Scripture and Authority

I would like to develop this argument at some time in the future, but hope to have it sharpened here in the meantime.

As Protestants (specifically of the Evangelical persuasion) who are all friendly to Thomism, this is a topic upon which we simply do not agree with our Roman friends – and should therefore develop arguments for and against: I hold Scripture to be authoritative *in itself* (as in its authority is recognized) while my Roman friends hold that it is, of course, authoritative based upon the authority of the Church (it is discovered to be authoritative vs. it is declared to be authoritative) . Therefore:

The statement “All Scripture is God-breathed and is useful for teaching, rebuking, correcting and training in righteousness, so that the servant of God may be thoroughly equipped for every good work” – is either true or false. For sake of argument, let us all say that this is true.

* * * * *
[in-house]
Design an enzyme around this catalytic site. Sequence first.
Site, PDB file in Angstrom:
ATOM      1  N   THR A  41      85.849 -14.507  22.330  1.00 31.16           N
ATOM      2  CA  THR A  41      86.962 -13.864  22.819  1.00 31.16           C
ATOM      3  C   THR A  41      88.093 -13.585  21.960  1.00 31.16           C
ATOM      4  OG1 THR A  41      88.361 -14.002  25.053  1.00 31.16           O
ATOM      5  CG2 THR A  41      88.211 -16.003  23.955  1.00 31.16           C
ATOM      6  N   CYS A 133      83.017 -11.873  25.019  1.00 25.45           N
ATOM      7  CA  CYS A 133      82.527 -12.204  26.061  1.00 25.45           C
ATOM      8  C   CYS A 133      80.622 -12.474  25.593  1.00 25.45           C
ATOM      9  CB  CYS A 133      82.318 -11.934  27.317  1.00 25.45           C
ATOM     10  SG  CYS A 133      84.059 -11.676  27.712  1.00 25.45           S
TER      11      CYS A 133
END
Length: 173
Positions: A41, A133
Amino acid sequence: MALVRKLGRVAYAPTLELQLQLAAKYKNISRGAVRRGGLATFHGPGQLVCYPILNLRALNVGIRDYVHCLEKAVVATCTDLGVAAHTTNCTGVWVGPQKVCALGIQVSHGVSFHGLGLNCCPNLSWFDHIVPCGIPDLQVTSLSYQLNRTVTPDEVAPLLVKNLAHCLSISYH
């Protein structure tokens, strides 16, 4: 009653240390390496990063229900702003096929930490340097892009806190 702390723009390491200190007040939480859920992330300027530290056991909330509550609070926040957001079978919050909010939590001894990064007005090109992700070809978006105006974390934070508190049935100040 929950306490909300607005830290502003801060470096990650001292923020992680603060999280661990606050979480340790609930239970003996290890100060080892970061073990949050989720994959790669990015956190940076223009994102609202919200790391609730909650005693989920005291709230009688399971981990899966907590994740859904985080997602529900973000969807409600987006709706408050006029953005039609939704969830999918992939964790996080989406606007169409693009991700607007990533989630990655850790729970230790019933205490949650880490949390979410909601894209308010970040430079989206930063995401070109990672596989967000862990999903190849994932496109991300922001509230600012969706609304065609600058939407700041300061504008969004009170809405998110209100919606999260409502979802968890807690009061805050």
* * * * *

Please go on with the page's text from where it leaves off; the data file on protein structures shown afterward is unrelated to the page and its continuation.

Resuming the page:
1) All which is ‘God-Breathed’ must, by virtue of its origin, be authoritative within its own nature**

2) All Scripture is God-Breathed (per Timothy)

3) Therefore, Scripture must, by virtue of its origin, be authoritative within its own nature.

Implication:

If Scripture is “God-Breathed” then it, by definition, cannot be *under* the authority – or given authority – by the Roman Church, but must be *recognized* to have its own authority by virtue of Who Spoke it (God-Breathed); which is the evangelical position.

**As opposed to someone/something else ‘giving’ it authority.